ŠKunz and Kunz 2004
New Eisenberg Report
Dr. David Eisenberg of Beth Israel Hospital at Harvard University has written a new report telling doctors how to talk to their patients about alternative health ideas and practitioners. Dr. Eisenberg was principle author of a landmark 1993 study that showed one-third of the American public had tried an alternative health practice.
In this report, he notes that the number of patient visits to practitioners of alternative therapies in the United States now surpasses visits to traditional physicians. He notes communication as the key to addressing "the challenge of discussing alternative therapies with our patients and put an end to the 'don't ask, don't tell' approach that characterizes communication in this area."
Eisenberg says that "little is known about the safety, efficacy, mechanism of action and cost-effectiveness of individual alternative therapies." Open doctor-patient dialogue key. Doctors should know what therapies, traditional or alternative the patient is involved in. During discussions the physician should remain neutral to elicit the most direct and honest responses from the patient.
He encourages doctors to ask and patients to tell about use of alternative health practices. He recommends that consumers seek services of licensed alternative health practitioners. He also recommends that alternative therapy be tried after the patient has had a complete medical evaluation," been advised of conventional paths to treatment and "has tried or exhausted conventional therapeutic options."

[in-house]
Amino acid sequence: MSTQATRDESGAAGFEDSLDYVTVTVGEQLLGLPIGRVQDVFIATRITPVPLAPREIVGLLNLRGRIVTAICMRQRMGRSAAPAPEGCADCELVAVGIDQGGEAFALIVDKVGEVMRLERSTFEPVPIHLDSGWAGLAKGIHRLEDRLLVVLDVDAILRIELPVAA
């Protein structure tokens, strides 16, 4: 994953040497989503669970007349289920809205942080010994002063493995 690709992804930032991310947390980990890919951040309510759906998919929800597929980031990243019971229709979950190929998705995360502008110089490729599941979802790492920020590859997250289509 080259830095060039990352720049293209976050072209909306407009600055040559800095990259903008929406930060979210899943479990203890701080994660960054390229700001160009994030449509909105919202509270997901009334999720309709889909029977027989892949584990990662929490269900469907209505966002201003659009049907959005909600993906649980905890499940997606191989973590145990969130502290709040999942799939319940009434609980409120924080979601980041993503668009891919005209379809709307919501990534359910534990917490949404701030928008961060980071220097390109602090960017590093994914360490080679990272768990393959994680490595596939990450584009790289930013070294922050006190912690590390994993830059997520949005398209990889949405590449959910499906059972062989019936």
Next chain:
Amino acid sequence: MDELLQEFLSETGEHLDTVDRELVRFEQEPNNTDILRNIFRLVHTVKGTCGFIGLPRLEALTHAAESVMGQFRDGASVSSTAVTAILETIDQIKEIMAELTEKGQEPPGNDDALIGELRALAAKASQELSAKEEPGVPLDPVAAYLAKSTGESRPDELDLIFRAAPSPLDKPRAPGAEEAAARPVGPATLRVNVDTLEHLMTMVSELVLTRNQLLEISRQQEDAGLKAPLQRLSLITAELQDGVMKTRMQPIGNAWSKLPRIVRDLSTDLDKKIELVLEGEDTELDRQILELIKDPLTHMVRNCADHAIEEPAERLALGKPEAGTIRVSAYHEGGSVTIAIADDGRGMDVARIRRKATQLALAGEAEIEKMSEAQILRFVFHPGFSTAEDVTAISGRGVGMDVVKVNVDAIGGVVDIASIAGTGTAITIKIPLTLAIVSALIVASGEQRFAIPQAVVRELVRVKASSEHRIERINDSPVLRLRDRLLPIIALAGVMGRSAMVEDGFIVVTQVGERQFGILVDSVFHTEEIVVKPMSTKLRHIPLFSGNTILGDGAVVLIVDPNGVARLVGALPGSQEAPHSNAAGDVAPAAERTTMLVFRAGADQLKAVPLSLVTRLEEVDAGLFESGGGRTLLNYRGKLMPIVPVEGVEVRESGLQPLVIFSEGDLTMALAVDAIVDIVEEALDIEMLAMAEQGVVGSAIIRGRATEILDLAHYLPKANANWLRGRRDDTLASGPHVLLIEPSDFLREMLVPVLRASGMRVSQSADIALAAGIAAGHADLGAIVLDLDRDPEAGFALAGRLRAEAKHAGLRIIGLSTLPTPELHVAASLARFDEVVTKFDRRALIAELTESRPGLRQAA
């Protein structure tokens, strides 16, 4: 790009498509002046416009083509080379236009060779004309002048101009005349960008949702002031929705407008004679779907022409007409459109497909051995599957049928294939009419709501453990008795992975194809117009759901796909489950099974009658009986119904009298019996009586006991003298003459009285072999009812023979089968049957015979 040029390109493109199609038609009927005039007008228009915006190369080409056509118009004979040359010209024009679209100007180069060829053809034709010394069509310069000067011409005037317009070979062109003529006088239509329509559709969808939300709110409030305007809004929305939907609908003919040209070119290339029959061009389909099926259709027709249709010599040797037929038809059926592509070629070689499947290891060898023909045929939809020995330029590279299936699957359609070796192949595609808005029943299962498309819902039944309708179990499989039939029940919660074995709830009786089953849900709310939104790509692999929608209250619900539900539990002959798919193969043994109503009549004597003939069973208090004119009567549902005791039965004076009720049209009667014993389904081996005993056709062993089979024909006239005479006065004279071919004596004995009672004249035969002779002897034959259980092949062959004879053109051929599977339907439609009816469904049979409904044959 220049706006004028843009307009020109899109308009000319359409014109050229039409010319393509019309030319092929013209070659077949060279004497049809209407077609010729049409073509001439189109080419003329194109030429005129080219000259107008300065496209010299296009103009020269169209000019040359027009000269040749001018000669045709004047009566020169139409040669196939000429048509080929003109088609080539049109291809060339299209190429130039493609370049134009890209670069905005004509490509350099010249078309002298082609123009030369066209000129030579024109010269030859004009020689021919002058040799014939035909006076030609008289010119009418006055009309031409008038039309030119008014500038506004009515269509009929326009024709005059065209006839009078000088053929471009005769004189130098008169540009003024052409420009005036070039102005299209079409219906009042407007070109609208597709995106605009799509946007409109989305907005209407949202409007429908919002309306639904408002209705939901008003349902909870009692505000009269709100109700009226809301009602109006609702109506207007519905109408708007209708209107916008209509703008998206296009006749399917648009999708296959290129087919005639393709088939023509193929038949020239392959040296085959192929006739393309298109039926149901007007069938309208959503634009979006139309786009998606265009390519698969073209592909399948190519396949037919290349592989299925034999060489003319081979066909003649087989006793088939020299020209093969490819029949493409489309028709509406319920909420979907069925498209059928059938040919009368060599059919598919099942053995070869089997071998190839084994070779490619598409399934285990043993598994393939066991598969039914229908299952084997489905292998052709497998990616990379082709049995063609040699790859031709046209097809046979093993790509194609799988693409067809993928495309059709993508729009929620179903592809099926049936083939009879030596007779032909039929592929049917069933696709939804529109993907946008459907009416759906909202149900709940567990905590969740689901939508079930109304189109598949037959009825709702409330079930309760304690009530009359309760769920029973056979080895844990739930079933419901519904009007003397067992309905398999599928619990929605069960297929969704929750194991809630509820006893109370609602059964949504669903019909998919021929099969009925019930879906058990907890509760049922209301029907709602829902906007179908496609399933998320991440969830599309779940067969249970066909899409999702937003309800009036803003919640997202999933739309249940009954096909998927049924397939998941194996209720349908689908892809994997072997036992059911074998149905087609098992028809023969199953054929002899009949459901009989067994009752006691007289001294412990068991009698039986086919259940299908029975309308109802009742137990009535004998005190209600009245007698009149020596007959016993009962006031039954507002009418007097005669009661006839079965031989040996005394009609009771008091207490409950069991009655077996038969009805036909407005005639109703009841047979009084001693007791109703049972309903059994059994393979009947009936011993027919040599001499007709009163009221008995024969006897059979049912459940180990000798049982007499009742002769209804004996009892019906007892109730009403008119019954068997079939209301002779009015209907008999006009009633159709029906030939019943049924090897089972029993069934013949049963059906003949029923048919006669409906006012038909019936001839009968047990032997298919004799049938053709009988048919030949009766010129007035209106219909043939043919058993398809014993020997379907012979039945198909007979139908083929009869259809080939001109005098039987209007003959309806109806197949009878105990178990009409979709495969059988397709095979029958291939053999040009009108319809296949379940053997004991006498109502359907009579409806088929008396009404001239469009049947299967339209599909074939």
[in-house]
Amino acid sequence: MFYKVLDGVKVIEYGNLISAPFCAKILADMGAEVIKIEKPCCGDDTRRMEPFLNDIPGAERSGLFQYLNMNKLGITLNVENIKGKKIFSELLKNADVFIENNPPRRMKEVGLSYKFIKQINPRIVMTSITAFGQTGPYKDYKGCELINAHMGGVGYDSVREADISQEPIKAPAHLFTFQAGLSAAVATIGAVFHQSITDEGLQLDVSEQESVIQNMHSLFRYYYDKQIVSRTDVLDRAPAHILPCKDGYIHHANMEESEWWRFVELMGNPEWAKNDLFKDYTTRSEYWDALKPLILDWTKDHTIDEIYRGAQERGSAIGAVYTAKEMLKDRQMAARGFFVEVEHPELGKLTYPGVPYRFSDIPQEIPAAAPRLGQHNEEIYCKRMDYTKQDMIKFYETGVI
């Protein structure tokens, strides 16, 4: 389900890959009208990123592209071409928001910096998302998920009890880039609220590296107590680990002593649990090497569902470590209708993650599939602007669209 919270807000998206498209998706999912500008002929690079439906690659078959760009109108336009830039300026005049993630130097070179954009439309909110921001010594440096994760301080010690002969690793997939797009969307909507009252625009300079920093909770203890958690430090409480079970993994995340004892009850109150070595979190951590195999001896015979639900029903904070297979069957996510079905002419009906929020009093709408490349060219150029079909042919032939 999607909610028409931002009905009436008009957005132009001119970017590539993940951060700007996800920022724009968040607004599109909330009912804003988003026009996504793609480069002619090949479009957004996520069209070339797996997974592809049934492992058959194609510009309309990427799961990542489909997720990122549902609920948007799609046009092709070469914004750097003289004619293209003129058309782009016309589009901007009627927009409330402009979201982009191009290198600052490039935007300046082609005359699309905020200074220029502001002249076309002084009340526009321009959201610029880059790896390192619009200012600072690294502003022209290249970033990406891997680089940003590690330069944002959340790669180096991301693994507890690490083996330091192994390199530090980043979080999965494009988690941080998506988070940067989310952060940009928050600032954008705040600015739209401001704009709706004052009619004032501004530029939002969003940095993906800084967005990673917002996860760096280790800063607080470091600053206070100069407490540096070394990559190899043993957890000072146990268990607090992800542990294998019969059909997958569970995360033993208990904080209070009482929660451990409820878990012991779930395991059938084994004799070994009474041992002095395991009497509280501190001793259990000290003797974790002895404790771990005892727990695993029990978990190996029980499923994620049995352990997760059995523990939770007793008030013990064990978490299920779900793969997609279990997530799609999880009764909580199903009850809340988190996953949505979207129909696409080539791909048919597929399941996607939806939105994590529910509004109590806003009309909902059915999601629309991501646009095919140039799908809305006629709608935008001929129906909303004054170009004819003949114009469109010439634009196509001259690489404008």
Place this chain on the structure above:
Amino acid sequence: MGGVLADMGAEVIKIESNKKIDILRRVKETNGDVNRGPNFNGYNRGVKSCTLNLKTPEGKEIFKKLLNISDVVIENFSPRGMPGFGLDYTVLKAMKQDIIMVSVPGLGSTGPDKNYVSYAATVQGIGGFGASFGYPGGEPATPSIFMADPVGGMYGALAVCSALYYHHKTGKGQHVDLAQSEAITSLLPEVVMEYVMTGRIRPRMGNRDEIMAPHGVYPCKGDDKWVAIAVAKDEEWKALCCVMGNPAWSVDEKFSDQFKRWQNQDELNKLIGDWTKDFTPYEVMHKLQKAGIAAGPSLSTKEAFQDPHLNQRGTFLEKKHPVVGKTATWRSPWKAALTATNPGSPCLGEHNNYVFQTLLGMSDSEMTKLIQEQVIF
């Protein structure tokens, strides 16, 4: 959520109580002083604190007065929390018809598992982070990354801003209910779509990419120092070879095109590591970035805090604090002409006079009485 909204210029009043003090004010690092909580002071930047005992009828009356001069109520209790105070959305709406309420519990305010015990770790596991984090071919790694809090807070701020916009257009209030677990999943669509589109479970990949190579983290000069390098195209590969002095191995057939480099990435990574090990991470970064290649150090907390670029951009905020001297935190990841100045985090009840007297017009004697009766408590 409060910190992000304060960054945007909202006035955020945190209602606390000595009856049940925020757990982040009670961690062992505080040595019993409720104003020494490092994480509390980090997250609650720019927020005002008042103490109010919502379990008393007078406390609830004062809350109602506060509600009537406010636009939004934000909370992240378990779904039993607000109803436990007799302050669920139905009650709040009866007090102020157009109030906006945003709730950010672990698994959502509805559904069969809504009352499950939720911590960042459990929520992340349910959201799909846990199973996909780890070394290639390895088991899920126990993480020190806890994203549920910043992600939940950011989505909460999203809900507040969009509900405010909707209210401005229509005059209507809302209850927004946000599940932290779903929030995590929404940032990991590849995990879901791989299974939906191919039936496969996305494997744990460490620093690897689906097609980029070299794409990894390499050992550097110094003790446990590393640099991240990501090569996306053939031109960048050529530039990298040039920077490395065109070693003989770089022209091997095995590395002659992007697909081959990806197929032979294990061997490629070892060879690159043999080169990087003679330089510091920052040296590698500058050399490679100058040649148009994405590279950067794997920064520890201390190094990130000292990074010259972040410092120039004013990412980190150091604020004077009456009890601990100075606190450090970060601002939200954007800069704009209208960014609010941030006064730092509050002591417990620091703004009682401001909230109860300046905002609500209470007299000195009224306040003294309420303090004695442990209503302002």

Eisenberg believes that may less scientific approaches can be of real benefit to patients and that the benefits can outweigh the risk. The worst course any doctor can take is one in which he attempts to shut the door on the patient's desire for less-than-scientific treatments with the patient left to secretly pursue alternative therapies. "No patient should feel that their medical journey is to be taken alone or according to some stealth trajectory, invisible to conventional providers." Eisenberg says, "The delivery of medical care, like the experience of illness, is best viewed as a journey shared.
("Doctors Advised on Alternative Care" from the Annals of Internal Medicine as reported by Reuters News Service On-Line, July 7, 1997)